Therefore, to protect his wife and children and himself, Lechmere took the risk of being suspected for the murder himself.

    The hypothesis is supported by Lechmere giving the name Cross to the inquest.

    The killer could not find his wife and children by asking for Mrs Cross. Her name and the name of the children was Lechmere.

    The value of the first lie is equal to the protection of reputation.

    The value of the second lie is equal to the protection of lives.

    Pierre

  • #2
    >>One of these statements is a lie. <<

    I would disagree, one of the statements may very well have been a mistake and a mistake isn't a lie.
    dustymiller
    aka drstrange

    Comment


    • #3
      I've probably missed something here Pierre but what leads you to believe that CL saw the killer and who do you think it was?
      Regards

      Herlock






      "Crime is common. Logic is rare. Therefore it is upon the logic rather than upon the crime that you should dwell.”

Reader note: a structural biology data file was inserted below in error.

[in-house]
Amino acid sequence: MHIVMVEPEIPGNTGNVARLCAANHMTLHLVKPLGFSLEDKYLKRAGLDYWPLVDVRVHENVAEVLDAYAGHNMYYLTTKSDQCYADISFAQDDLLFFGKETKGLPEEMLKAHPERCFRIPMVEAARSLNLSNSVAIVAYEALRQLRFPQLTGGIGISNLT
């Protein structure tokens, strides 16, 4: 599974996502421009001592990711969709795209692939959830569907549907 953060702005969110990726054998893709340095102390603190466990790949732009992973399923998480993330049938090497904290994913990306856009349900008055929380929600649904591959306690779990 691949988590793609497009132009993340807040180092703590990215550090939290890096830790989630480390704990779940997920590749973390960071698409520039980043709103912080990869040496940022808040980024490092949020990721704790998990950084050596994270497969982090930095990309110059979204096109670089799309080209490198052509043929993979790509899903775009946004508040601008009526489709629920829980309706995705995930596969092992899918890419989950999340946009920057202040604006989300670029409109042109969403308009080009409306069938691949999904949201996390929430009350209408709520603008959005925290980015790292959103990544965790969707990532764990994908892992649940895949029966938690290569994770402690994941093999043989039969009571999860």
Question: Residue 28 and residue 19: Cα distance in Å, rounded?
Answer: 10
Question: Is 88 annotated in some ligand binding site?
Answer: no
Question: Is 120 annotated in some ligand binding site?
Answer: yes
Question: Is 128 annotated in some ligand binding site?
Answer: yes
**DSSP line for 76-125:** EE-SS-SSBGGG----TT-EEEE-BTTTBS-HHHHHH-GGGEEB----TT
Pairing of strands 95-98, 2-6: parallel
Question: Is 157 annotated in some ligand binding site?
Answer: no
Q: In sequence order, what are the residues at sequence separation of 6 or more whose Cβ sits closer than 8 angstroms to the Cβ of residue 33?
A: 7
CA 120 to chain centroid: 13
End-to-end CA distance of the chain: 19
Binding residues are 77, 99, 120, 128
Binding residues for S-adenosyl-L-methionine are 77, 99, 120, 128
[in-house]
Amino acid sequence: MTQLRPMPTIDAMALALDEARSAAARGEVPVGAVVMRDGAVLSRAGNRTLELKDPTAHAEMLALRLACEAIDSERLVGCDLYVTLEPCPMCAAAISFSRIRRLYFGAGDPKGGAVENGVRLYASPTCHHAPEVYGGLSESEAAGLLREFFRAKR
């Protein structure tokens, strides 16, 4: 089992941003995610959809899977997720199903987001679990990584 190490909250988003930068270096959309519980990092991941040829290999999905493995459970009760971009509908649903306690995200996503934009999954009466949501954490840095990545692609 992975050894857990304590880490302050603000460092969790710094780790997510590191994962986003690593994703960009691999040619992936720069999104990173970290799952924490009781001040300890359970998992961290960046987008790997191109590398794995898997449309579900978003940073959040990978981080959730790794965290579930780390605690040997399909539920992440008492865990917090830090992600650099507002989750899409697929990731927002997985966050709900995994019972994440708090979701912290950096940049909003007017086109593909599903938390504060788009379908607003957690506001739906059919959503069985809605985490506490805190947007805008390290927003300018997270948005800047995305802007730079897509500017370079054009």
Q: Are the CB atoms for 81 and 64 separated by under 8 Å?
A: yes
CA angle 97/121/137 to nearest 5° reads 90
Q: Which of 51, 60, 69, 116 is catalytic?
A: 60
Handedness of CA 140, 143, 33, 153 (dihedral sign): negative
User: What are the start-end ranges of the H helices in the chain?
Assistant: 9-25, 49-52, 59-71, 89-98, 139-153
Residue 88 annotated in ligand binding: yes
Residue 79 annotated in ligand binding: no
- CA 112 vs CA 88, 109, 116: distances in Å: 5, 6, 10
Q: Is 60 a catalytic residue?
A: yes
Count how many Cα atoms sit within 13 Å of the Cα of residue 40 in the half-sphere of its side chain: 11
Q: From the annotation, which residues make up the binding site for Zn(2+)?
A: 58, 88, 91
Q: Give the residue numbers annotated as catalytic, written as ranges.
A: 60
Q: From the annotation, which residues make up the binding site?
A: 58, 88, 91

Comment


      • #4
        Originally posted by Herlock Sholmes View Post
        I've probably missed something here Pierre but what leads you to believe that CL saw the killer and who do you think it was?
        Pierre thinks Cross saw a copper, who was the killer. But of course continues to throw out little hints and other types of BS without naming names, though for well over a year has been saying he needs just one little piece of data, or having the guts to set out exactly who and why.
        G U T

        There are two ways to be fooled, one is to believe what isn't true, the other is to refuse to believe that which is true.

        Comment


        • #5
          Originally posted by Herlock Sholmes View Post
          I've probably missed something here Pierre but what leads you to believe that CL saw the killer and who do you think it was?
          Who cares
          "Is all that we see or seem
          but a dream within a dream?"

          -Edgar Allan Poe